Oh man..this one really tested my limits! After seeing the wonderful Jarmusch film Broken Flowers I noticed this one on Netflix as well. I remember the name but knew nothing about it. I had to restart this movie twice and then took me maybe 4 starts to finish it…I kept nodding off. I hated it really. I hated its pointlessness. I hated how pretentious it felt. I hated the main character and felt like punching him after ordering his two espressos in “two separate cups” for the 10th time or after sitting there staring at some other ramblig character without saying anything. I’m all for movies that do not pander for the audience, the ones that expect you to think and figure out who’s who and what’s what. For a movie that might be about a loner criminal and set in Madrid and Andalusia it really has no “what” or anything else for me to care about. We’ll see how the next Jarmusch film I see fairs…
Really fantastic film and probably one of Bill Murray’s best performances. He plays an aging single well-off playboy aptly named Don Johnston who receives an anonymous letter from an old flame that he has a son who is possibly looking for him. After much prodding from his amateur detective neighbor he goes on a cross-country tour to identify who sent the letter. It’s a simple plot but Jarmusch has a unique style that works very well here. We have recurring shots that occur over and over (Johnston putting the same CD in the car’s stereo for example), the screen fades to black repeatedly on seemingly random times, the color pink plays an important role (or maybe not), and so on. The music also with the same note plays over and over. It should be annoying I would think but it is not. I found myself waiting for it to start again.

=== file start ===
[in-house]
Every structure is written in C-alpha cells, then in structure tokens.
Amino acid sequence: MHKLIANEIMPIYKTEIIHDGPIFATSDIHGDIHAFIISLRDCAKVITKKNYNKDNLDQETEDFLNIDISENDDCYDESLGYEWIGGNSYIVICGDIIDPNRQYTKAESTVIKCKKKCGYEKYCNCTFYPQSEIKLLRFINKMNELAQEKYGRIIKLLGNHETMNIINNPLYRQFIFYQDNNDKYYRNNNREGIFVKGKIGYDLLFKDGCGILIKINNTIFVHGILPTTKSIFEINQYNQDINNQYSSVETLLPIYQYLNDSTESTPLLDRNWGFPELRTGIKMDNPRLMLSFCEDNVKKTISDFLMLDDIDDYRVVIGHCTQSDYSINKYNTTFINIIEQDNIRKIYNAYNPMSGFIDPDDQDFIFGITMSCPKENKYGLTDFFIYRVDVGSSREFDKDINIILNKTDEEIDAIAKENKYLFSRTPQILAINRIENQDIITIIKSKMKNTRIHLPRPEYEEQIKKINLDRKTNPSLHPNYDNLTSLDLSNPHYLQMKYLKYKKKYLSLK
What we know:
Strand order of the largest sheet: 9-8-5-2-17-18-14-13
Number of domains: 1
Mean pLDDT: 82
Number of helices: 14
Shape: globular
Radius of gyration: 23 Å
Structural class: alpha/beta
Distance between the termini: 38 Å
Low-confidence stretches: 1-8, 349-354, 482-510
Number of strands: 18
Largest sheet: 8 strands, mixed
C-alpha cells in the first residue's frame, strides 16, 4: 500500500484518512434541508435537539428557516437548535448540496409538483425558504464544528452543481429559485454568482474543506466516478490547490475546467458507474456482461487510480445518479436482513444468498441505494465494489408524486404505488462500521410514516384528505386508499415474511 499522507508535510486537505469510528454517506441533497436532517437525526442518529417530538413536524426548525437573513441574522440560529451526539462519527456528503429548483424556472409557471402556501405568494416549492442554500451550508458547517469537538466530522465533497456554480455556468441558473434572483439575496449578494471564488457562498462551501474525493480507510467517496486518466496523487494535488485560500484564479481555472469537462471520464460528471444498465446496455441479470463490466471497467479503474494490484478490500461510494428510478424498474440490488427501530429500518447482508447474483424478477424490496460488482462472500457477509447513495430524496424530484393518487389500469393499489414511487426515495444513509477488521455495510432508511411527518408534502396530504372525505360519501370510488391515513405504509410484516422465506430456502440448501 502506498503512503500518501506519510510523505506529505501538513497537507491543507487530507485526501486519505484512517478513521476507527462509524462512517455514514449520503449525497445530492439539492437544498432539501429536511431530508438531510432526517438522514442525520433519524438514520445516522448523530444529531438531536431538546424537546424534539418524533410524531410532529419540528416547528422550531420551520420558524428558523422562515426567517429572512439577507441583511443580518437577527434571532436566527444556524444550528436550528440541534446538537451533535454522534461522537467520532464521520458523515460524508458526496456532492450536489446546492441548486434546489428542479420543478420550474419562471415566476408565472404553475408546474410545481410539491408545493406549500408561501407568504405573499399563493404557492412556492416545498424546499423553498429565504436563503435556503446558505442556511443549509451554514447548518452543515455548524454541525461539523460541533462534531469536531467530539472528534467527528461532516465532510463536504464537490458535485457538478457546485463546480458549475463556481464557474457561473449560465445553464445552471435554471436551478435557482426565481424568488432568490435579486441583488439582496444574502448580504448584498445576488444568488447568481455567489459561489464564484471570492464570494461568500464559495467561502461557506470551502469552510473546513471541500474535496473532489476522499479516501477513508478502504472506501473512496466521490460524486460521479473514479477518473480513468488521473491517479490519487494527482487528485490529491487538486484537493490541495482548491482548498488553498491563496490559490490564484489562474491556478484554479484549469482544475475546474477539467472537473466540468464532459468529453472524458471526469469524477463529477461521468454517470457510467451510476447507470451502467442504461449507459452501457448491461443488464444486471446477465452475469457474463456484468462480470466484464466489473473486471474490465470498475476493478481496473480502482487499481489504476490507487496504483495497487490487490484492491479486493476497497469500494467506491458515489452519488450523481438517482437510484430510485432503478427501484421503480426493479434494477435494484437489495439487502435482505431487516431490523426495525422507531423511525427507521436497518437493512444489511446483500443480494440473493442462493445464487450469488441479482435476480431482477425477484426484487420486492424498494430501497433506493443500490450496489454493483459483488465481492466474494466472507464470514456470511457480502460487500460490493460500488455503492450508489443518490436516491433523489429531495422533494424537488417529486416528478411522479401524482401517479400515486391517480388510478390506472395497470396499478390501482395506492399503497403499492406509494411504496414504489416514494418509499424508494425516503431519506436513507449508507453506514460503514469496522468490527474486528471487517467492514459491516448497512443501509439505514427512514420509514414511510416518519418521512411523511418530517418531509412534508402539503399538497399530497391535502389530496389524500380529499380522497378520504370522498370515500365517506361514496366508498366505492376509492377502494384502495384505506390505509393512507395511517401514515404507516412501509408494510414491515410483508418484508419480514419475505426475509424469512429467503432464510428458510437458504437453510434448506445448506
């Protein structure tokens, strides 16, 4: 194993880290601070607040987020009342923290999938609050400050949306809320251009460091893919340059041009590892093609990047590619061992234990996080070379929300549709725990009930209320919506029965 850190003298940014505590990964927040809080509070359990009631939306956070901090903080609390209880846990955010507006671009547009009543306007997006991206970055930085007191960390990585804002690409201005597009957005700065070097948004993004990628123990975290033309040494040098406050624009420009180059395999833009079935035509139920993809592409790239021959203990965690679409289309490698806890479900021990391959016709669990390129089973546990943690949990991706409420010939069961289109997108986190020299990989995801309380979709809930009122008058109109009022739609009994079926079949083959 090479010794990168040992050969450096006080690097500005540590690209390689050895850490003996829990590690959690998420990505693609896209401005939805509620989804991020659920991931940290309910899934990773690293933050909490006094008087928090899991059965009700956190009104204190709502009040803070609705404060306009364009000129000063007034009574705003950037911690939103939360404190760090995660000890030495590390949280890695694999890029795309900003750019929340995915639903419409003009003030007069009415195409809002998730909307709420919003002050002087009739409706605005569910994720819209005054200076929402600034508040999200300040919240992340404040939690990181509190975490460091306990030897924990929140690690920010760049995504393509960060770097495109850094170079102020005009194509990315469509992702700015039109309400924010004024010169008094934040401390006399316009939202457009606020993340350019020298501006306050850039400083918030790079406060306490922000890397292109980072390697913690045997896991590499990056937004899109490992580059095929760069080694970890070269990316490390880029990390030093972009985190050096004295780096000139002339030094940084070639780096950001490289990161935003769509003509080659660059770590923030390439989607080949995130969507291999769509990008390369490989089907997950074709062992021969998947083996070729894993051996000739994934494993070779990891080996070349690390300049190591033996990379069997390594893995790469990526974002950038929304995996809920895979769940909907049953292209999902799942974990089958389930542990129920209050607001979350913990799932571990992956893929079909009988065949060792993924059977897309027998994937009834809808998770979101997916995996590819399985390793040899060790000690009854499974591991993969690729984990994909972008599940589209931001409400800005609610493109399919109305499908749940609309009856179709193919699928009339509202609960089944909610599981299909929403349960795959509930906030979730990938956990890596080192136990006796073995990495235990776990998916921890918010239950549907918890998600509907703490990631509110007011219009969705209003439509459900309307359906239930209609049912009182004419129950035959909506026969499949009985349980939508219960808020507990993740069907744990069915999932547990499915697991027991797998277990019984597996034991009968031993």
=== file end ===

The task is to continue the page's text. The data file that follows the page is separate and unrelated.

I loved the film and the journey that Johnston goes on. I loved all the other characters as well from his likable detective neighbor to the various women he visits and their various reactions. Murray plays Johnston stoically with long little outward emotion. Some might say he does not change much but I think that is not the case. The character we leave at the end of the film is a different man that the one who opened it while being dumped by his girlfriend. It’s a movie that balances perfectly being an artsy drama while at the same time capturing my attention and getting me invested in what is going on.
I think this is a movie that thinks it is smart, takes itself too seriously and attempts to tantalize. It succeeds in one of those only. Does hypnosis even work like that? Seemed beyond ridiculous to me. It’s possibly the worst Danny Boyle movie I’ve seen.
It’s really tricky to bring together the universe of the young and old X-Men but the film does a good job with that. There are some fantastic set pieces, especially the Quicksilver one, and some characters that we care about. I had a good time and with some (or a lot) suspension of disbelief it mostly works.
The kids really liked it. I did not like the first one at all so I was happy to see that this one is a bit better. All in all though I could not care less about anything going on here. One bright spot is Dan DeHaane as the Green Goblin. He does a very good job.